(19 Aug 1851). In Henry David Thoreau and Bradford Torrey (ed.), The Writings of Henry Thoreau: Journal: II: 1850-September 15, 1851 (1906), 406.
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I have lived myself to see the disciples of Hoffman, Boerhaave, Stalh, Cullen, Brown, succeed one another like the shifting figures of a magic lanthern, and their fancies, like the dresses of the annual doll-babies from Paris, becoming from their novelty, the vogue of the day, and yielding to the next novelty their ephemeral favor. The patient, treated on the fashionable theory, sometimes gets well in spite of the medicine.
In letter to Caspar Wistar (21 Jun 1807), collected in Thomas Jefferson Randolph (ed.), Memoir, Correspondence, And Miscellanies, From The Papers Of Thomas Jefferson (1829), Vol. 4, 93.
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I myself, a professional mathematician, on re-reading my own work find it strains my mental powers to recall to mind from the figures the meanings of the demonstrations, meanings which I myself originally put into the figures and the text from my mind. But when I attempt to remedy the obscurity of the material by putting in extra words, I see myself falling into the opposite fault of becoming chatty in something mathematical.
Astronomia Nova, New Astronomy, (1609), Introduction, second paragraph.
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I see the whole of humankind becoming a single, integrated organism. … I look upon each of us as I would an individual cell in the organism, each of us playing his or her respective role.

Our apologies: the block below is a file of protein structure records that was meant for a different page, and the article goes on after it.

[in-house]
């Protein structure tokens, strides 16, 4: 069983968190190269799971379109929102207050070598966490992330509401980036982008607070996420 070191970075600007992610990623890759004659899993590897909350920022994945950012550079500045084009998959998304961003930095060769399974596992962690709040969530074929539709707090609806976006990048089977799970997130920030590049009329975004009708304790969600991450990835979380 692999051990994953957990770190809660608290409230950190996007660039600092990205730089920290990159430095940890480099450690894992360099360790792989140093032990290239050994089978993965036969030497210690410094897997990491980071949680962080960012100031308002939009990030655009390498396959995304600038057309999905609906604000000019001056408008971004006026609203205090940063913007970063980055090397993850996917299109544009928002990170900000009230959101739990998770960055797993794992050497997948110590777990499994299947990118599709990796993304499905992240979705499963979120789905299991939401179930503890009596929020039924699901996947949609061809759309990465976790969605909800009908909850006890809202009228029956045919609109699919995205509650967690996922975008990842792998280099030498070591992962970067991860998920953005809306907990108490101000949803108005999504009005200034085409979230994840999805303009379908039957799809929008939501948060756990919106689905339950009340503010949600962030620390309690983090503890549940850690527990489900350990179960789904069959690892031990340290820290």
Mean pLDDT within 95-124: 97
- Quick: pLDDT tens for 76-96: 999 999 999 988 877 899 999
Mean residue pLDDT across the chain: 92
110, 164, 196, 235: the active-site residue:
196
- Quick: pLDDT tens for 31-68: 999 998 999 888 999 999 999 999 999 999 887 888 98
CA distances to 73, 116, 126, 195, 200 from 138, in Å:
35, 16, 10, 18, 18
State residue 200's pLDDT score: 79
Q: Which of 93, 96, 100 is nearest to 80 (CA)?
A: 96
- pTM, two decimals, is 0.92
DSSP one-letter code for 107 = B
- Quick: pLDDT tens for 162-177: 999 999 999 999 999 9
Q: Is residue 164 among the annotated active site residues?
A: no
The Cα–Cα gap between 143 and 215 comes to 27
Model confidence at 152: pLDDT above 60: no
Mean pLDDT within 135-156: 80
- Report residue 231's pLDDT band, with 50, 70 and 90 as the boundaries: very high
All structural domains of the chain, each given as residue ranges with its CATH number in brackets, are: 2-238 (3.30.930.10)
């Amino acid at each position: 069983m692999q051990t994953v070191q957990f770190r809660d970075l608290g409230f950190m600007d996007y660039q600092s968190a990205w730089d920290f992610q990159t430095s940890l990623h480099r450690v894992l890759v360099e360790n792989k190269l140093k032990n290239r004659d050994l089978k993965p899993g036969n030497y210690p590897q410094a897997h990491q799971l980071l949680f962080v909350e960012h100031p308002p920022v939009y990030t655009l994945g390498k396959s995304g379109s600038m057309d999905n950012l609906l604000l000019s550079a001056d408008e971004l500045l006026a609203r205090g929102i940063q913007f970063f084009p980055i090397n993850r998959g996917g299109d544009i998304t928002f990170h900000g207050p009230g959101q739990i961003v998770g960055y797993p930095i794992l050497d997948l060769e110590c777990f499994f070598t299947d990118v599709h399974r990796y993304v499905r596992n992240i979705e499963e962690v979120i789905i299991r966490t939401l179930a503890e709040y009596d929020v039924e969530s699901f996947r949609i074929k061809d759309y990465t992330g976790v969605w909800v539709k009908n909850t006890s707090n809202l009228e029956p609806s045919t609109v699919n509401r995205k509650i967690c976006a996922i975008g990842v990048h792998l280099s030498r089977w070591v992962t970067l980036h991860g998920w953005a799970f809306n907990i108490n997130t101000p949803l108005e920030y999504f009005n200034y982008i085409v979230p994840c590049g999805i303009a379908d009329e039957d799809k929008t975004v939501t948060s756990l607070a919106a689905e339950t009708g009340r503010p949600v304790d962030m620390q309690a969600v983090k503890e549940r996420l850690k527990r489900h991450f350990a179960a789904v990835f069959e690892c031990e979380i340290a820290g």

From interview with James Reston, Jr., in Pamela Weintraub (ed.), The Omni Interviews (1984), 109. Previously published in magazine, Omni (May 1982).
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I was reading in an article on Bizet not long ago that music has ceased to be an art and has become a science—in which event it must have a mathematical future!
In letter to H.E. Krehbiel (1887), collected in Elizabeth Bisland The Writings of Lafcadio Hearn (1922), Vol. 14, 8.
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In the United States, I am often addressed as a doctor. I should like to point out, however, that I am not such and shall never think of becoming one.
In Astronautics (1959), 4, No. 6, 103. Also As quoted in Arthur C. Clarke, The Coming of the Space Age: Famous Accounts of Man’s Probing of the Probing of the Universe (1967), 118.